Comcast will increase internet speeds at no additional cost for many customers in Pennsylvania, as well as in 13 other states in the Northeast Division, the cable giant announced today.
The Federal Communications Commission has fined Comcast $2.3 million, claiming the company charged customers for goods and services they had never ordered.
It’s the largest fine ever levied against a cable operator, and it comes with a “compliance plan” that Comcast will have to follow over the next five years to ensure that similar missteps are not repeated. Read more »
Those who are still wondering who funded the Democratic National Convention in Philly this past July are finally getting some answers.
On Monday, in a series of announcements, Comcast delivered on its commitment to narrow the country’s digital divide.
At Olney Elementary School in North Philadelphia, David L. Cohen, Comcast’s senior executive vice president and chief diversity officer, announced that the company, as part of its Internet Essentials program, will award a total of $100,000 to 10 local non-profits that provide technology-related resources to the communities they serve.
And later on at Philadelphia’s Columbia North YMCA, Cohen announced Comcast’s new $15.3 million multi-year partnership with the YMCA of the USA, a deal that will allow the company to support the YMCA’s academic achievement programs for youth nationwide. Comcast announced that it will also donate a total of $50,000 to five YMCA centers, one in Philadelphia, Central Maryland, Memphis, Houston, and Indianapolis.
Comcast will buy out Ed Snider‘s 24 percent stake in Comcast Spectacor next month, gaining full ownership of the Philadelphia Flyers, the Wells Fargo Center and the hospitality and entertainment division, Spectra.
Ed Snider created Spectacor in 1974 to combine the two related things he owned, the Flyers and the Spectrum, into one umbrella company. Comcast bought 63 percent of Spectacor in 1996; Snider remained as chairman with a minority ownership stake.
“Ed was a visionary in the sports and entertainment industry and is deeply missed,” Comcast Chairman/CEO Brian Roberts said in a release. “He planned for this transition and, thanks to his thoughtful approach on succession, Comcast Spectacor is in a strong position. I’m very excited we are able to carry his spirit with us by bringing the company, its leadership, and its thousands of employees fully into the Comcast family.” Read more »
Comcast CEO Brian Roberts announced on Tuesday that the cable company has plans to launch a wireless service by mid-2017, which means that Comcast customers may soon be able to purchase cell phone service as part of a bundle of services like cable TV and home broadband.
Five years ago today, my world shook — literally.
Five years ago today, I worked on the 17th floor of the Comcast Center. I worked a 6 a.m. to 2:30 p.m. shift, which was almost up. Then, the shaking started.
I actually knew it was coming. While scanning Twitter, I saw a handful of tweets from people in Washington, D.C. They reported shaking. When my desk started to shake ever so slightly, I knew we were getting an earthquake.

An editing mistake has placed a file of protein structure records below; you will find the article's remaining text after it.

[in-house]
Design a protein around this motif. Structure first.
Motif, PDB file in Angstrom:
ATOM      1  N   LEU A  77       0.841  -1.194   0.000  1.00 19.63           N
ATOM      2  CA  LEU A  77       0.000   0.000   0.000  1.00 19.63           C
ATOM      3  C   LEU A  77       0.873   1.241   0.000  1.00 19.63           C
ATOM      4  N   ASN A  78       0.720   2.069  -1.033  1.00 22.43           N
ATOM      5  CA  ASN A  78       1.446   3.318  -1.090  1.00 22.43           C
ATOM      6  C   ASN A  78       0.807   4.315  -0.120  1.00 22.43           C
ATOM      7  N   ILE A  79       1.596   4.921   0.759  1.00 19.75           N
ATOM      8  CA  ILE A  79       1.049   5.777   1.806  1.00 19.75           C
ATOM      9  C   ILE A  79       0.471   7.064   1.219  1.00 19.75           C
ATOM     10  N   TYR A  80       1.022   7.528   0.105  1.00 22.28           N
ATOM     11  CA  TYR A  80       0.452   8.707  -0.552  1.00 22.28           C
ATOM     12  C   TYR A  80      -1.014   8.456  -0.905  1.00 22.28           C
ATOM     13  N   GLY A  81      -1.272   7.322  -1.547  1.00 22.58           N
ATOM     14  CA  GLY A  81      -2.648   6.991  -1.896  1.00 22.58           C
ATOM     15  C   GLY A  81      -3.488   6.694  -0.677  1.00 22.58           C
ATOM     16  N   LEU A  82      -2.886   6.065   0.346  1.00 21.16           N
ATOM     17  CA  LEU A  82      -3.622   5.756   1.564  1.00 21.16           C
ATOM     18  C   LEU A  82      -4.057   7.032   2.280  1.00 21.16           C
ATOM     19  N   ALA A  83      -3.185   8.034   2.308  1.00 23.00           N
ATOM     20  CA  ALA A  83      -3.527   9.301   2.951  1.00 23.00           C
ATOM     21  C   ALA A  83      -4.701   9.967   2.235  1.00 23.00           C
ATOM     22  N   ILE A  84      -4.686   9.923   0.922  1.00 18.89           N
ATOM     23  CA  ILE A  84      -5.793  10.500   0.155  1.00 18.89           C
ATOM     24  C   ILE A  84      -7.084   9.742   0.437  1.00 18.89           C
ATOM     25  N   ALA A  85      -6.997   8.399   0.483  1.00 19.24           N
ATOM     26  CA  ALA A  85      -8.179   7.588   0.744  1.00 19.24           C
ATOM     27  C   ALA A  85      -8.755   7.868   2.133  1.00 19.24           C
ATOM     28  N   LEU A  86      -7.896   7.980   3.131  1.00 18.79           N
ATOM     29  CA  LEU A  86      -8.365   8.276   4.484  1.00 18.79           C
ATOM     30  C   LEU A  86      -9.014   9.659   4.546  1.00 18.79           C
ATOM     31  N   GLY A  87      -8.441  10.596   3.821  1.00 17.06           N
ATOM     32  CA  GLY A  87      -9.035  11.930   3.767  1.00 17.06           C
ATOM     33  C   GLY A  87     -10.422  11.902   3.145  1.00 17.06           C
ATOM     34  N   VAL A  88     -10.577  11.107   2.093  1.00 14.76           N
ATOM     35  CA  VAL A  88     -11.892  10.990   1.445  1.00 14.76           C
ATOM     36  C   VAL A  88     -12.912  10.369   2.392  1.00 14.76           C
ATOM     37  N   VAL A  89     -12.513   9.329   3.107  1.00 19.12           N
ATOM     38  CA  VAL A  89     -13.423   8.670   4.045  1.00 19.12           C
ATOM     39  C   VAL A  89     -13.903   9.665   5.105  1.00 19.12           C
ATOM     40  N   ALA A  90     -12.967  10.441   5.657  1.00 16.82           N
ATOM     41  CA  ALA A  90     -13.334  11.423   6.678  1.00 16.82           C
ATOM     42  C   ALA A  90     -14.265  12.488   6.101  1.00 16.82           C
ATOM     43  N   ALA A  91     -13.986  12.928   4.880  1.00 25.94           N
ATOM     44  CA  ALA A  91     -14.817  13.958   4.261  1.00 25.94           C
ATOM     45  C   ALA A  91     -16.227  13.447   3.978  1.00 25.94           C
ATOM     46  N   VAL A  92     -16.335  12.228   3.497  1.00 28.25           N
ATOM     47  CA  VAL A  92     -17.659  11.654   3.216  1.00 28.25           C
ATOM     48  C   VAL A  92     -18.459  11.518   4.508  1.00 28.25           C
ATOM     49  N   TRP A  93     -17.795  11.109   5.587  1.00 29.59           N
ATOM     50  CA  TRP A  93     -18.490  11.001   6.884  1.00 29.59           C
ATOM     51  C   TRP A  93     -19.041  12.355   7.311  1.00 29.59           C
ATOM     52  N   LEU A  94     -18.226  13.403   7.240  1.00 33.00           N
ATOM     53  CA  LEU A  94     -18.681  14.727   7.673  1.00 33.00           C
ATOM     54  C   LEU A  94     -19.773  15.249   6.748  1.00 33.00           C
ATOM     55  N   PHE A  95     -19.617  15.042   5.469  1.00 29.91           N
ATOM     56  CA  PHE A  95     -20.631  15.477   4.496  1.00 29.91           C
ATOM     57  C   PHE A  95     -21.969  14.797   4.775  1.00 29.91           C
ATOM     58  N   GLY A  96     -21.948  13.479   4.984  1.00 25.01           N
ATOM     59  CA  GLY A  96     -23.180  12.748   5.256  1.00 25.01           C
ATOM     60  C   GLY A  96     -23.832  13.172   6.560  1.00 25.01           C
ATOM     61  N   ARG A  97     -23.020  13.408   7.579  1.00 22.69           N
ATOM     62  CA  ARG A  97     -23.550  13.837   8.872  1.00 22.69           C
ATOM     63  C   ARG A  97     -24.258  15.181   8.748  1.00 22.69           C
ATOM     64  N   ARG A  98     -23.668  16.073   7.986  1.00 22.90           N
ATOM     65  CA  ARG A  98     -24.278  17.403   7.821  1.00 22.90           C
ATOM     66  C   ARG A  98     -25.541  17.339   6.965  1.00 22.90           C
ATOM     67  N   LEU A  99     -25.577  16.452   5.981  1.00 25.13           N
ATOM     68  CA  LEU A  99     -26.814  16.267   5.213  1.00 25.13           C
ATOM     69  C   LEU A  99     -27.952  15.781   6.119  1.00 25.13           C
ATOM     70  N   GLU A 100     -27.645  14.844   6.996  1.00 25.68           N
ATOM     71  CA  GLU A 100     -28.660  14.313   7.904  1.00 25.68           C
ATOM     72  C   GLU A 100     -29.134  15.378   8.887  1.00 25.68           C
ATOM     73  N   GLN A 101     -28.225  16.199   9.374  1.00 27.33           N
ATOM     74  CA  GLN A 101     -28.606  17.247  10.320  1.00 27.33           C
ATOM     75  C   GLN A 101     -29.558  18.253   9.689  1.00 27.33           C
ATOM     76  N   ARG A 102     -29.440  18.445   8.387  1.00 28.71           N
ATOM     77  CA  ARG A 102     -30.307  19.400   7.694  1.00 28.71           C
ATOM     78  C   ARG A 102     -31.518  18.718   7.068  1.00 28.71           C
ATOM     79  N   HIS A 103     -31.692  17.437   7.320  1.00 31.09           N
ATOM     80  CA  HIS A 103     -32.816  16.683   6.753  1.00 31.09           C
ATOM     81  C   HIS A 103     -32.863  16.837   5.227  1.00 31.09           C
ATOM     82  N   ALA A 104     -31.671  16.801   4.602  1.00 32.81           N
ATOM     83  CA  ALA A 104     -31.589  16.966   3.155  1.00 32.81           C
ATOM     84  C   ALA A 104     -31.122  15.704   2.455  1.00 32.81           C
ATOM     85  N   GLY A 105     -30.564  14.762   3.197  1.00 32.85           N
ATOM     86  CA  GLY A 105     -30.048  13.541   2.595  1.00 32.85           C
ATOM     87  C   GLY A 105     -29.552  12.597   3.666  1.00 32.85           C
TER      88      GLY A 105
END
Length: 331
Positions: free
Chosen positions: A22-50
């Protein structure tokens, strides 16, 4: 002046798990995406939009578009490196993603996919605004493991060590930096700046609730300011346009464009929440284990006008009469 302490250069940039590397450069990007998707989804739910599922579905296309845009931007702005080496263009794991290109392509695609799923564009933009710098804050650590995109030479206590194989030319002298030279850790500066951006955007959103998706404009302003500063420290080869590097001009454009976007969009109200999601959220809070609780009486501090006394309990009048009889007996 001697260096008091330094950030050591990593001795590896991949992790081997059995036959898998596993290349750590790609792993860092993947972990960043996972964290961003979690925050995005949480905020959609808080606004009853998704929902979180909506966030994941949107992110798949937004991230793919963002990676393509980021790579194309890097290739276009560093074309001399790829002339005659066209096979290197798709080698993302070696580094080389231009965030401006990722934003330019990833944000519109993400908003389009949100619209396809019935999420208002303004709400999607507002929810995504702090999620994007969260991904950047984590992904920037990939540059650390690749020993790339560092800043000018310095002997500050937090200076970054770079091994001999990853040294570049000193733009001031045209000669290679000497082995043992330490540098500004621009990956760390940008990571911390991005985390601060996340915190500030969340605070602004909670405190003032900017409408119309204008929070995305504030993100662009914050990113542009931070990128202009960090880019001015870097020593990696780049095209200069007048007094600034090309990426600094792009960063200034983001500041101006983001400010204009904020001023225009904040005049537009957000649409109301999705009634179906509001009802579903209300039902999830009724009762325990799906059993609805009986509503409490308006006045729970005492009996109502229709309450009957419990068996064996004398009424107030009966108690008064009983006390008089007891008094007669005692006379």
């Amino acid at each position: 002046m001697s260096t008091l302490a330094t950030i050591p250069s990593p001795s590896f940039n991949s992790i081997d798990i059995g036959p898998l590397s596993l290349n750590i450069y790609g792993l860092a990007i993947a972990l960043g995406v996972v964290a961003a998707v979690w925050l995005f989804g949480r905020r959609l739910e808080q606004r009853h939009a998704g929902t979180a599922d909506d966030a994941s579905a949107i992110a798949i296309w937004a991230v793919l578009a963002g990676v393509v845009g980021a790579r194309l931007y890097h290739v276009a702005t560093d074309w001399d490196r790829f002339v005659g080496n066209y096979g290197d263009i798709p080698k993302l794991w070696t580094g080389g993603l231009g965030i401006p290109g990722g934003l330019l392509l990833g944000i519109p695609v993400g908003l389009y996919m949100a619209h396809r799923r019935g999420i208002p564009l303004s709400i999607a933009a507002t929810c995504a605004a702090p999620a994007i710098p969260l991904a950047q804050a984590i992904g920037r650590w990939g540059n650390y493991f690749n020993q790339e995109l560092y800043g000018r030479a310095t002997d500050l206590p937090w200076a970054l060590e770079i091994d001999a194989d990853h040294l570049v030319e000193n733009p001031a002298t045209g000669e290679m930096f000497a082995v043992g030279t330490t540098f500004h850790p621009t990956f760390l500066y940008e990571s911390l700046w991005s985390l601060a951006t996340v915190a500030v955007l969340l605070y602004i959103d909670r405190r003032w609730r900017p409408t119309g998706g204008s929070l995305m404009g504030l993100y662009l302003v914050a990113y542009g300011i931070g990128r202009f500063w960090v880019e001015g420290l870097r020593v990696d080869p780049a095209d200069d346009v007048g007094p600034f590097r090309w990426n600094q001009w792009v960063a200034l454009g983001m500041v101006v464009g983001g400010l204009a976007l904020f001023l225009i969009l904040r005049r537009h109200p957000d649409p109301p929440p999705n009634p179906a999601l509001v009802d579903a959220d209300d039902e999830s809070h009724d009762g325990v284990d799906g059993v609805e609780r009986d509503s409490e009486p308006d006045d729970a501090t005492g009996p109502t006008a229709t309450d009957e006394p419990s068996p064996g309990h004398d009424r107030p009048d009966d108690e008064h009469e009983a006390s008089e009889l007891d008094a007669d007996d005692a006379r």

It was over quickly. It was not that bad. The main sight I remember was the rooftop pool across the street from the Comcast Center — the water was going back and forth for minutes after the quake ended. Some of my coworkers were terrified — a few people just left, immediately. But once people figured out it was just a small earthquake, and not something more serious, we were fine.
The neatest thing is the water in the roof pool across the street from the Comcast Center is still going back and forth a lot.
— Dan McQuade (@dhm) August 23, 2011
Then came an announcement over the loudspeaker. Whoever was making it seemed out of breath. “There has been,” the voice said, and then a loud pause and an exhale, “an earthquake.” This person now sounded terrified. There hadn’t been any structural damage to the building, the voice said, and work could continue. Those who evacuated should return to the office to finish the day. We shouldn’t be worried.
The tone of his voice said otherwise. Some of my coworkers, previously calm, were now scared. What did the Disembodied Comcast Voice know that we didn’t? Read more »
It’s Summer Olympics season, but athletes and longtime champions are being recognized for accomplishments aside from their physical feats, too. Comcast announced today that it has enlisted Jackie Joyner-Kersee as the spokeswoman for its Internet Essentials program. Joyner-Kersee is a six-time Olympic gold medalist and has had a successful philanthropic career since retiring from Olympic competition in 1998.
Joyner-Kersee was the first woman to win back-to-back gold medals in the heptathlon (that’s the track-and-field competition that combines a whopping seven events: 100-meter hurdles, high jump, shot put, 200-meter dash, the long jump, javelin and 800-meter run). She is also the first African-American woman to win an Olympic medal in the long jump and the first woman to score 7,000 points in the heptathlon.
So what does this have to do with Comcast and Internet Essentials?
Things just got more convenient for (some) Comcast customers. They can now pay their bills in cash at a local 7-Eleven.
Through a partnership with PayNearMe, a California-based company specializing in electronic cash payments, Comcast announced Wednesday that its cash-paying subscribers will now have the option to pay their bills close to home.